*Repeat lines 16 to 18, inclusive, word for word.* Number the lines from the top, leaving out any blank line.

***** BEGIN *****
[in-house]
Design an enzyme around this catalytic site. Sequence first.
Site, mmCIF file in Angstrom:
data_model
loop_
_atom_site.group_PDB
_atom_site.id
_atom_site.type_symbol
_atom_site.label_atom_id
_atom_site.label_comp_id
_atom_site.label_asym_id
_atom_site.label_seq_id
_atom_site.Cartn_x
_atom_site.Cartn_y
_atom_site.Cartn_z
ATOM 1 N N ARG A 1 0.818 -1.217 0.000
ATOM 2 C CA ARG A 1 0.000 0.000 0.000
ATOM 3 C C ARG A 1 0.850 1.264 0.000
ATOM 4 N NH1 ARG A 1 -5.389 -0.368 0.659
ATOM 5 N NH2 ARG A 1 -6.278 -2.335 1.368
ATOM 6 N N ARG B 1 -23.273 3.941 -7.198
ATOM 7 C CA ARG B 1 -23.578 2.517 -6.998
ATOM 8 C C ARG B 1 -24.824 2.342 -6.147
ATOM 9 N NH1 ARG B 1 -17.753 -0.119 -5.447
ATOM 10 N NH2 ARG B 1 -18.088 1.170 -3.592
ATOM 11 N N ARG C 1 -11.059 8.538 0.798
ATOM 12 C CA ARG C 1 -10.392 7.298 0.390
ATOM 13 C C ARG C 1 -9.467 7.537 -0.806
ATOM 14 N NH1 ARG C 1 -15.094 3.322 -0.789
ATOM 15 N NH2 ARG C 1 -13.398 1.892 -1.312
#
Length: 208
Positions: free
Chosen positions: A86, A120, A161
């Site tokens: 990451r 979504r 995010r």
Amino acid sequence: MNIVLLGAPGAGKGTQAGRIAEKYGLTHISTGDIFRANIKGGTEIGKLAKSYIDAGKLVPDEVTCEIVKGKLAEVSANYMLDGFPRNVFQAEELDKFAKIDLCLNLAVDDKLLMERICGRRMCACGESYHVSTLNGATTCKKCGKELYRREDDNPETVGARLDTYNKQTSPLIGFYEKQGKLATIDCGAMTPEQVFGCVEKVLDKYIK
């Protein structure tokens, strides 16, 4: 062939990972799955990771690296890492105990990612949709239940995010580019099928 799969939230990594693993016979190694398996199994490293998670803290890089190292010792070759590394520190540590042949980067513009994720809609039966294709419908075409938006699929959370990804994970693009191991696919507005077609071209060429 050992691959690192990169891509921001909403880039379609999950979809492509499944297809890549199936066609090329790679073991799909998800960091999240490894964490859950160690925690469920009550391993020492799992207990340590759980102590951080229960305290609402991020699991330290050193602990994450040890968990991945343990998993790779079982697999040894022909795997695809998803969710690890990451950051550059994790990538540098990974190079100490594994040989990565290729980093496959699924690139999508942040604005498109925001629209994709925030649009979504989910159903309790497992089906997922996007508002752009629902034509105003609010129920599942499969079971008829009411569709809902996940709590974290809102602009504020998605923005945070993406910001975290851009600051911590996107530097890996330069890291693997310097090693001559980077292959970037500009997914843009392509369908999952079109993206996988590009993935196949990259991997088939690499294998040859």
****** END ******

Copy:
ATOM 1 N N ARG A 1 0.818 -1.217 0.000
ATOM 2 C CA ARG A 1 0.000 0.000 0.000
ATOM 3 C C ARG A 1 0.850 1.264 0.000